A lady posted on a group I'm on asking if anyone knew of a source for a Scrabble set using the American Sign Language finger-spelling alphabet. I was pretty sure there wasn't one but I suggested it would be an easy thing for her to make herself. Well, on reflection a couple of days later I thought that if it were that easy, I might as well do it for her as a Christmas present for her and her pupils.
Making good quality Scrabble tiles from scratch was perhaps a little too ambitious, but making labels to stick to existing Scrabble tiles was definitely an option.
This instructable uses an inkjet printer to print the stickers, and a Cricut paper cutter to cut them to exactly the right size to stick to the Scrabble tiles. You'll also need a rotary guillotine (or a metal edge at least a foot long plus a sharp cutting knife - either a scalpel or an exacto knife)
By the way I'm using the old-style plastic tiles that came before the wooden ones in the USA. These are still the current design in Europe and Mexico. (You can find them on eBay fairly often; I bought mine in Mexico which is just a few miles away from where I live)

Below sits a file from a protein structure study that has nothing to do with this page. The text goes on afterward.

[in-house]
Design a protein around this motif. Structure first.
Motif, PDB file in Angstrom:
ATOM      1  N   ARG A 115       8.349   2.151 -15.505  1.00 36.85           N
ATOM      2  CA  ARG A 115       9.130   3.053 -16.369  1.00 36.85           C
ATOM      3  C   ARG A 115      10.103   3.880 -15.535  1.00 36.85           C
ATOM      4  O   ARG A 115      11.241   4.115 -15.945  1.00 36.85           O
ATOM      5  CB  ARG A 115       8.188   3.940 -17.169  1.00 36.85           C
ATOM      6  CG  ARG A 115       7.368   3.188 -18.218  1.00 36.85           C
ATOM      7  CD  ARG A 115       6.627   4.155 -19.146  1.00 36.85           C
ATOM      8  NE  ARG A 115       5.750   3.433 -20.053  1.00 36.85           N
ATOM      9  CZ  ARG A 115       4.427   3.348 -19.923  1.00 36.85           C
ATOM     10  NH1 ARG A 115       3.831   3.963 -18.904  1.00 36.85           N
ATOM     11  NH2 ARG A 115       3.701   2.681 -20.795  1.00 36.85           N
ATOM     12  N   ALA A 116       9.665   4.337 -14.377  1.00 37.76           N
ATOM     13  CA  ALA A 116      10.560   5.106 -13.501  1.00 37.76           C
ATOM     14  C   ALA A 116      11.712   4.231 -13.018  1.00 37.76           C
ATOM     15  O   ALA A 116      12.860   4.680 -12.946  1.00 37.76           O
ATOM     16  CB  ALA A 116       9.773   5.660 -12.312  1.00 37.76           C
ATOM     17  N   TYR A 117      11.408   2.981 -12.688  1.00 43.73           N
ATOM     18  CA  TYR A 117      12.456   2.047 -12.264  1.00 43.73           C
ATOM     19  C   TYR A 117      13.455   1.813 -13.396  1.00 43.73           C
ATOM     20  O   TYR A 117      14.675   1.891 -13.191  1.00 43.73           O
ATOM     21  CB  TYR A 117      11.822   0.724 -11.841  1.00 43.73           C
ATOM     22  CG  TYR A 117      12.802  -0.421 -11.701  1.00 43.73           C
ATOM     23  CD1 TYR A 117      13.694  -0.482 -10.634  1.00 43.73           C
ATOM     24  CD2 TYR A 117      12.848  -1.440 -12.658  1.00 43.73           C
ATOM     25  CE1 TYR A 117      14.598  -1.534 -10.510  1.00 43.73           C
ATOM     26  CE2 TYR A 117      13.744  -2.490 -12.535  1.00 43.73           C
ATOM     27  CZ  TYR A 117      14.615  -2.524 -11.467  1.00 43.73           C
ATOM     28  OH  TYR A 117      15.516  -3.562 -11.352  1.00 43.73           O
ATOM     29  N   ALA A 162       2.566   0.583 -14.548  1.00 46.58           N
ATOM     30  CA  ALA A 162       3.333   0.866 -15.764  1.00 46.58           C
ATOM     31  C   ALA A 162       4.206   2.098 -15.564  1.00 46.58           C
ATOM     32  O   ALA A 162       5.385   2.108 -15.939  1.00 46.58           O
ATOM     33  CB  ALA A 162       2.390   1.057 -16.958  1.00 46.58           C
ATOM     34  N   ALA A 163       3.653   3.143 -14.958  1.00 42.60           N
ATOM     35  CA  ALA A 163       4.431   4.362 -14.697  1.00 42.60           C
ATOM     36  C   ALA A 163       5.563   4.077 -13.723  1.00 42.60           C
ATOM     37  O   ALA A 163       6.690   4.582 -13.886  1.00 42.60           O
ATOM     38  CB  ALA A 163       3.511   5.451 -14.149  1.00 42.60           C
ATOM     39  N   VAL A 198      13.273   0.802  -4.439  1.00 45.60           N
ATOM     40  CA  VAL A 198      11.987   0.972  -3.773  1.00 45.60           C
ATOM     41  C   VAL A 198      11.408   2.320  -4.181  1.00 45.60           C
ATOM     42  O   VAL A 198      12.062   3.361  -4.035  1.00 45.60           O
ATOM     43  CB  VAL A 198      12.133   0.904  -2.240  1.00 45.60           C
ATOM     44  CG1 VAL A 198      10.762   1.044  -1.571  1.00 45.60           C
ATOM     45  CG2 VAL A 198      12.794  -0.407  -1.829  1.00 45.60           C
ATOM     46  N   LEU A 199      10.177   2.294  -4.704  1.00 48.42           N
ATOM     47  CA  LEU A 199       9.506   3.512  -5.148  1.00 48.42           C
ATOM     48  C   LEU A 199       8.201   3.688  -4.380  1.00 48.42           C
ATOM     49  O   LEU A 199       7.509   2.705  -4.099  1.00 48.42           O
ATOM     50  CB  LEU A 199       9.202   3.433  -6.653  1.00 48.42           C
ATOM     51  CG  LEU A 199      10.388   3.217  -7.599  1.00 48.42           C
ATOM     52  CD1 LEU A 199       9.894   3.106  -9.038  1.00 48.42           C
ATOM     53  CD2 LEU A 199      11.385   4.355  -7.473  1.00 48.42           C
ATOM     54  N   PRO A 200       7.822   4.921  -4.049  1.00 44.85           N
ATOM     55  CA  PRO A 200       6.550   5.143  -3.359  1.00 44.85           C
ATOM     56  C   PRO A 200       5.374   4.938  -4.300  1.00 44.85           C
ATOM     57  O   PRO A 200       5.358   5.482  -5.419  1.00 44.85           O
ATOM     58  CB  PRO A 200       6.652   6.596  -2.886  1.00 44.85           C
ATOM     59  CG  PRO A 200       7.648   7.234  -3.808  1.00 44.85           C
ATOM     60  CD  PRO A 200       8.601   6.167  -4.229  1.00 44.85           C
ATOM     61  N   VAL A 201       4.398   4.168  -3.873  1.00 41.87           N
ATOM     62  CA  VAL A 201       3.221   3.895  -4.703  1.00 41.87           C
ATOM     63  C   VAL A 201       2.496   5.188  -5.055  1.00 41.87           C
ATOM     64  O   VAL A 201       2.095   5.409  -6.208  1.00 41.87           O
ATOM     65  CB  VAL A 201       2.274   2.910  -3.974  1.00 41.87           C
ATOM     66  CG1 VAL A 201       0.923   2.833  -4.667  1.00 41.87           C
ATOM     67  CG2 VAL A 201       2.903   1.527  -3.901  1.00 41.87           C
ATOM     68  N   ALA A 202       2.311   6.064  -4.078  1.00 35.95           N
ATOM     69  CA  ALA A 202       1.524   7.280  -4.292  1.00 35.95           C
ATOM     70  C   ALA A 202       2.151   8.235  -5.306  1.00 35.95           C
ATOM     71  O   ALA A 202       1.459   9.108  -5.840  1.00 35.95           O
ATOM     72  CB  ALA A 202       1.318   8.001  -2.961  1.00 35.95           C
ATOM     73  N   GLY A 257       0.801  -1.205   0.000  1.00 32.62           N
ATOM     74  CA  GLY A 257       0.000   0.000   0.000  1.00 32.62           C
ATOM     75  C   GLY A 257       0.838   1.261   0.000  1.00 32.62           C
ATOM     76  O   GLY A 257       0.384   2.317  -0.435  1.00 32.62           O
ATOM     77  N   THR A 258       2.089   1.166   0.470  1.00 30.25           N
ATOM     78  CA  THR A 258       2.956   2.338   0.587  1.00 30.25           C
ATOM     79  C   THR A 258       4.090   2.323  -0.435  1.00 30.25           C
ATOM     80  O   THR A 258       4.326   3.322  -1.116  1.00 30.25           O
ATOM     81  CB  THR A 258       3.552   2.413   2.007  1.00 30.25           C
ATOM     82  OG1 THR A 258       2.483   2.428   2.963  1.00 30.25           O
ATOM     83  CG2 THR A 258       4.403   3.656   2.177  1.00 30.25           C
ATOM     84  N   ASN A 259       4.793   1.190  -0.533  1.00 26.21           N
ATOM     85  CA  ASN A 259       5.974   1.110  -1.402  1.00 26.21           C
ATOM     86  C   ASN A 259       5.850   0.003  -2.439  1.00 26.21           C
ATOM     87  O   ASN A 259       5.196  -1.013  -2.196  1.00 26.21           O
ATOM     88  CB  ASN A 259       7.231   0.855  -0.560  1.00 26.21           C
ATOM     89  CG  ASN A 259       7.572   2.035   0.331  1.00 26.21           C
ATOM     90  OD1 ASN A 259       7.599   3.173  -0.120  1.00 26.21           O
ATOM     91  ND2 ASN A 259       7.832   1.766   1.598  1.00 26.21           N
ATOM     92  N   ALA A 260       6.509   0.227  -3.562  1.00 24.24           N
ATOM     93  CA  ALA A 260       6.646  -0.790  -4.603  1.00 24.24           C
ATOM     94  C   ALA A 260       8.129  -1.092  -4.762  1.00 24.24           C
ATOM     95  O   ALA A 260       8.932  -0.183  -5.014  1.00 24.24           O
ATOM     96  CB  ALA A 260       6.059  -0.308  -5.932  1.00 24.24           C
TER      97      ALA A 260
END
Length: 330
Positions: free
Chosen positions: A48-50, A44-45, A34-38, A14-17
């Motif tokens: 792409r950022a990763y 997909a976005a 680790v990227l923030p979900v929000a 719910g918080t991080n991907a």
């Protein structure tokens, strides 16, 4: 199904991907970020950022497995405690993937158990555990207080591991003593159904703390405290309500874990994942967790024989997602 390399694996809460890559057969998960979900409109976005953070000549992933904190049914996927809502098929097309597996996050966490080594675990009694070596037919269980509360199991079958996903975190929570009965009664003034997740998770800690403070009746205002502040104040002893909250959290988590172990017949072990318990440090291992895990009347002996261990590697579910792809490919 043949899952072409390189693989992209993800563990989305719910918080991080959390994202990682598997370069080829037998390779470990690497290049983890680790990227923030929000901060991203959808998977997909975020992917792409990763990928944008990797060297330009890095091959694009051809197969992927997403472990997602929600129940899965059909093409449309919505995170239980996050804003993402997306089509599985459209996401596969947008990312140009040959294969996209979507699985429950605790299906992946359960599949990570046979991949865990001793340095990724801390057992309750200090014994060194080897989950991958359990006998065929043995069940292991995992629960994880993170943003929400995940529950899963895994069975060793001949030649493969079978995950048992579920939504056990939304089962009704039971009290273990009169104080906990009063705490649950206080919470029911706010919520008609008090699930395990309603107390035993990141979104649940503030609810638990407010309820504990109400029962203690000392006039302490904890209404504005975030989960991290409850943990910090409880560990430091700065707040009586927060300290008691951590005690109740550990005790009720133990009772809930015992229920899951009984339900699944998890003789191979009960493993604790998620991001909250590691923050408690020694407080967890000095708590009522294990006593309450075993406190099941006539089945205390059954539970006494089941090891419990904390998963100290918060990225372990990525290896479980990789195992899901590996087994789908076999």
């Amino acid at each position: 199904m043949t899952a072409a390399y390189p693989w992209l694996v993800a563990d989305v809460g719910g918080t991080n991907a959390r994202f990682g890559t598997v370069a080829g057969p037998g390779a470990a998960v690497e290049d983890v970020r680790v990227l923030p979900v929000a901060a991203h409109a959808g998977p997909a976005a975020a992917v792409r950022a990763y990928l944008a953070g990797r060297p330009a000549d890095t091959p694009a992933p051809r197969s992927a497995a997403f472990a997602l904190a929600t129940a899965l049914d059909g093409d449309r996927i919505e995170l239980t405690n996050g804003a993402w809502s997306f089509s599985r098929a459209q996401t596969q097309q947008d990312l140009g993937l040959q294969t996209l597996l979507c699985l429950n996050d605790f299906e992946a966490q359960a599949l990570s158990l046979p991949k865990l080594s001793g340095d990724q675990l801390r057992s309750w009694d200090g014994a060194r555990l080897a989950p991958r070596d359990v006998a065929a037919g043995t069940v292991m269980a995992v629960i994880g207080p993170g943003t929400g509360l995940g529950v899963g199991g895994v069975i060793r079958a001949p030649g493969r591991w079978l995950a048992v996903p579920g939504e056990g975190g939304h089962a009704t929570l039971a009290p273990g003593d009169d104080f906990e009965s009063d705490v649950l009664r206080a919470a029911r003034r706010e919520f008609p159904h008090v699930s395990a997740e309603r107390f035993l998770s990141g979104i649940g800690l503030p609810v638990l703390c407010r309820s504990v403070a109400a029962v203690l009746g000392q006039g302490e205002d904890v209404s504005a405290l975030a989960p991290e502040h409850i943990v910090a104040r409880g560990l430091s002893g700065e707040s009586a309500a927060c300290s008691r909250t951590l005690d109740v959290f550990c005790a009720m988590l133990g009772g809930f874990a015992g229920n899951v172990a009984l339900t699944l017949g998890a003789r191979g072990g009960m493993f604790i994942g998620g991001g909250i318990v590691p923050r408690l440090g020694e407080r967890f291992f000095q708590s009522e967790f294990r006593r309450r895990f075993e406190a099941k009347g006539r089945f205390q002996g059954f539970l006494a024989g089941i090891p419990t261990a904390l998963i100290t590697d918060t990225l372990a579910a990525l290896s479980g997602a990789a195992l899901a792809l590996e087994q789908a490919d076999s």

(This technique should be possible with the wooden tiles but the artwork will have to be created differently to match.)
Step 1: Print the Replacement Tile Tops
First step - print the two attached images. You can use self-adhesive backed paper if you want, but you don't have to. Either way, the paper should be glossy. I used some HP Brochure Paper 180g I had handy (8.5in x 11in paper). Once printed, cut round the yellow area which will give you a rectangle exactly 6in wide, and 11in long.
These images must be printed at 600dpi to be the correct size for the tiles.
Because of the size of the image you will probably get a warning that 'some clipping will occur' - that's OK, it's only a couple of millimeters outside the area that will be cut out to make tiles.
The tile image looks a little pinkish on my screen but as you can see from the photograph of the board, they printed correctly in yellow at just the right shade to match the plastic tiles. If you don't get such a good color match, you might have to tweak the color of the images in your drawing program before you print them.